Health benefits of phytonutrients – phytoestrogens
Phytoestrogens are a group of phytonutrients that belong to a group known as plant xenoestrogens. Xenoestrogens are a type of xenohormones that imitate oestrogen. Xenoestrogens are of two types, the synthetic and natural.
The synthetic xenoestrogens are industrial compounds such as phthalate and Bisphenol A (BPA), which exert oestrogenic effects on living things. They are structurally different from the natural oestrogen produced by the endocrine gland of the human being. Even though BPA is not a plant based phytoestrogen, it is of interest to us.
Natural xenoestrogens are plant-derived phytoestrogens and because they have to be consumed to exert their oestrogenic effects, they are otherwise called ‘dietary oestrogen.’
Phytoestrogens belong to the natural phenolic compounds. They are non-steroidal plant compounds that have similar structure as estradiol (oestrogen).
As a result of this structural similarity, phytoestrogens can cause oestrogenic and anti oestrogenic effects in the body. By reason of the structural similarity they can mimic natural oestrogen and occupy oestrogenic receptor sites on target organs.
Originally, and like other phytochemicals, phytoestrogens are part of the natural defence system of plants. They control male fertility of herbivores and reduce their population, thereby reducing attacks on themselves by herbivores. In the human being, phytoestrogens either mimic the action of oestrogens òr antagonise it.
Phytoestrogens belong to three chemical classes mainly. These are isoflavonoids, lignans and coumestan. It is important to know these different classes as they are also sourcecd from different food types which also make their effects in the body different as we shall see.
Mode of action
The mode of action of phytoestrogens in the body may be three-fold. Firstly, they could mimic oestrogen and act like it on the oestrogen receptors delivering oestrogenic effects. Secondly, they could antagonise oestrogen while binding on the oestrogen receptors. Thirdly, phytoestrogens could display their own independent function in the body.
What mode of action the phytoestrogen applies in most cases is dependent on the dose. This fact is important when advising a woman on the need to be cautious in the consumption of soy beans and its products with special reference to breast cancer, for example. In low doses, phytoestrogens act like oestrogen, but they block the effect of oestrogen in higher doses.
There are commonly two types of oestrogenic receptors in the body, the ER-alpha and ER-beta receptors. Both receptors are primarily specific for oestrogen. A receptor is a specific protein site on an organ made suitable for an hormone, neurotransmitter etc to attach itself and carry out its function.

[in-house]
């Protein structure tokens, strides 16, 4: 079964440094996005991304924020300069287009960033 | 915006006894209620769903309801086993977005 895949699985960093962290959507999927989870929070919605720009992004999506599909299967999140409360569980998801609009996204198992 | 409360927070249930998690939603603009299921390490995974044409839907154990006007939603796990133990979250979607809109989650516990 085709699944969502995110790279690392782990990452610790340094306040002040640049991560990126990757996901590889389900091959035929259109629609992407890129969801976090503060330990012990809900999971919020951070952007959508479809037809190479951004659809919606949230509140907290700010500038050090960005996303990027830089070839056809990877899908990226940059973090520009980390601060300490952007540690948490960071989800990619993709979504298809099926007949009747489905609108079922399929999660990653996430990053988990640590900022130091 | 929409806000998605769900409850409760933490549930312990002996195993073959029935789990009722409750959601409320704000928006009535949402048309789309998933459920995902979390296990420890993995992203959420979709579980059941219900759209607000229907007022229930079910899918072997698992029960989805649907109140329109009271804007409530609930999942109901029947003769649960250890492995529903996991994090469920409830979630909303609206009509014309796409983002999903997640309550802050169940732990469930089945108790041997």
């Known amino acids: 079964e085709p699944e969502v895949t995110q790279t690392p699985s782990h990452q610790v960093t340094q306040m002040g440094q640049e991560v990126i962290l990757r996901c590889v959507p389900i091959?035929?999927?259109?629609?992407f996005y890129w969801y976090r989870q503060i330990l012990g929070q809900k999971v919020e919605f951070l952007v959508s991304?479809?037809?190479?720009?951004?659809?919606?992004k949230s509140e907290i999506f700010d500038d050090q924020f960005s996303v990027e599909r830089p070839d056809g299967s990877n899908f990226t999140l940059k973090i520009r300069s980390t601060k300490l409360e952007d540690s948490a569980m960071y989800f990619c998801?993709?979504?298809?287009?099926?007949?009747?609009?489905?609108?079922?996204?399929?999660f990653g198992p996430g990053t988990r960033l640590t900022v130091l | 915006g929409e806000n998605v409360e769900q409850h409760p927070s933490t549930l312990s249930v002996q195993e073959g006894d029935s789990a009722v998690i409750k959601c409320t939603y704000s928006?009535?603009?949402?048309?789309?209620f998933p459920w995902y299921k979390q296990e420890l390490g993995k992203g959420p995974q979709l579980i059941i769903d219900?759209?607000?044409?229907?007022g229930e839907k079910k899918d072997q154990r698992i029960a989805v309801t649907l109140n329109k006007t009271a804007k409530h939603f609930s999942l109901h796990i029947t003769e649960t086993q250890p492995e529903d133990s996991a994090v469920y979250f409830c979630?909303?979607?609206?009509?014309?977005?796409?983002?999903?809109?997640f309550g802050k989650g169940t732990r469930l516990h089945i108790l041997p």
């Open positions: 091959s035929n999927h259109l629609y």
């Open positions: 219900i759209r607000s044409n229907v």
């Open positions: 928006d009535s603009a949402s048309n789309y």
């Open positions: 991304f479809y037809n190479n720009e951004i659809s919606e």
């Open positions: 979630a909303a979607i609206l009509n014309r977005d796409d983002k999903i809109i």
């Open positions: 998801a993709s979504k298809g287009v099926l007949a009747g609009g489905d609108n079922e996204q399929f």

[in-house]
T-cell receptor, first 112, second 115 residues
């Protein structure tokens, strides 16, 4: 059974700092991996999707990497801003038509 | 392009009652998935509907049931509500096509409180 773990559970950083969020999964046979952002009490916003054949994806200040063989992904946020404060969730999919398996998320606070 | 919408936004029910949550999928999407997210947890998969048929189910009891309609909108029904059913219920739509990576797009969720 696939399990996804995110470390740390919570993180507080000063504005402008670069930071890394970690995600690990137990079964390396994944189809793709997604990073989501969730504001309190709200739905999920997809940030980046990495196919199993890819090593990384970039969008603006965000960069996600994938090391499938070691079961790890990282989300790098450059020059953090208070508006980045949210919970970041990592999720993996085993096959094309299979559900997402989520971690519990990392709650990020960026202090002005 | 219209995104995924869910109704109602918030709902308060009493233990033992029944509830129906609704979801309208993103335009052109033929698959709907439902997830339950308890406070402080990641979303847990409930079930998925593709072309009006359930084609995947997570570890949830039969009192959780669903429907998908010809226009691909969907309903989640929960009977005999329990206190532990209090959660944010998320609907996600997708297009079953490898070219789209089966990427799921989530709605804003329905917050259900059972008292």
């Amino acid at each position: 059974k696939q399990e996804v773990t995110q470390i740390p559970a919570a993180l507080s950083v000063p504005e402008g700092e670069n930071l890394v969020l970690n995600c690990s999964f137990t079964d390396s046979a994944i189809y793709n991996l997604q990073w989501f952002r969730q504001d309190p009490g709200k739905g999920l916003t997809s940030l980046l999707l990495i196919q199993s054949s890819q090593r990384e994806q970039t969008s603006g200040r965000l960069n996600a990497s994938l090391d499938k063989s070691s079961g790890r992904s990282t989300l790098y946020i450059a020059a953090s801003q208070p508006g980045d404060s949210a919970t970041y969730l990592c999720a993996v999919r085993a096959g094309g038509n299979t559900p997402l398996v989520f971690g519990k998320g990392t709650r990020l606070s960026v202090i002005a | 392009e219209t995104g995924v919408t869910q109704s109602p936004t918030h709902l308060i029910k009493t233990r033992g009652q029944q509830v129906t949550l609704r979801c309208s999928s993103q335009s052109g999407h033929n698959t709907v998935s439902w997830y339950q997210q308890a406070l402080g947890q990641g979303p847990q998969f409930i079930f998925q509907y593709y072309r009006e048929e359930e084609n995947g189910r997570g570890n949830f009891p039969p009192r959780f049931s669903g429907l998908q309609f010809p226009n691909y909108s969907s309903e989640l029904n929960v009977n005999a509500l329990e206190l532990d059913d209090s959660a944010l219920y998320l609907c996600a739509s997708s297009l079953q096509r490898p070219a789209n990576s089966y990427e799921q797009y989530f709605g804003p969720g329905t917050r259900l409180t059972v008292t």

The hormone is said to have a high affinity or attractiveness for that specific receptor site. Because of the structural similarity I have already mentioned, phytoestrogens are able to bind to the oestrogen-specific receptors.
As they bind to these receptors they may cause oestrogenic effects just like oestrogen would do or they may antagonise oestrogen by occupying the receptor site and prevent any oestrogenic effect.
There are certain specific structural similarities that permit phytoestrogens to bind with such high attractiveness to oestrogenic receptors and exert effects like natural oestrogen – estradiol.
These structural similarities include their low molecular weight like estradiol and the similarity in the distance between the two hydroxyl (OH) groups in the Isoflavone nucleus of the phytoestrogen and that of oestrogen.
Furthermore, the basic ring of estradiol, which is known as the phenolic ring, is similar to the isoflavone ring in the phytoestrogen.
This ring confers indispensability for binding to oestrogen receptors to both estradiol and phytoestrogens. The isoflavone ring therefore mimics the oestrogen ring at the receptor site.
As I stated earlier, phytoestrogens also have their own independent function in the body. Most importantly, they prevent the formation of blood vessels to tumours, thereby cutting off supply of nutrients to the tumours. They could also affect communication pathways between cells.
Food sources of phytoestrogens
Let us first look at the food sources of the phytoestrogens according to their chemical classes. Isoflavonoids are mainly gotten from legumes such as beans, soybean and soy products.
This is very significant in that the relationship between soy and its products with breast cancer have engaged the attention of researchers for a long time. The lignans are predominantly found in high fibre foods such as whole wheat, cereal brans, beans and flaxseed.
Phytoestrogens of the coumestan chemical class are concentrated in split peas, lima beans, pinto beans alfalfa and red clover (clover sprouts).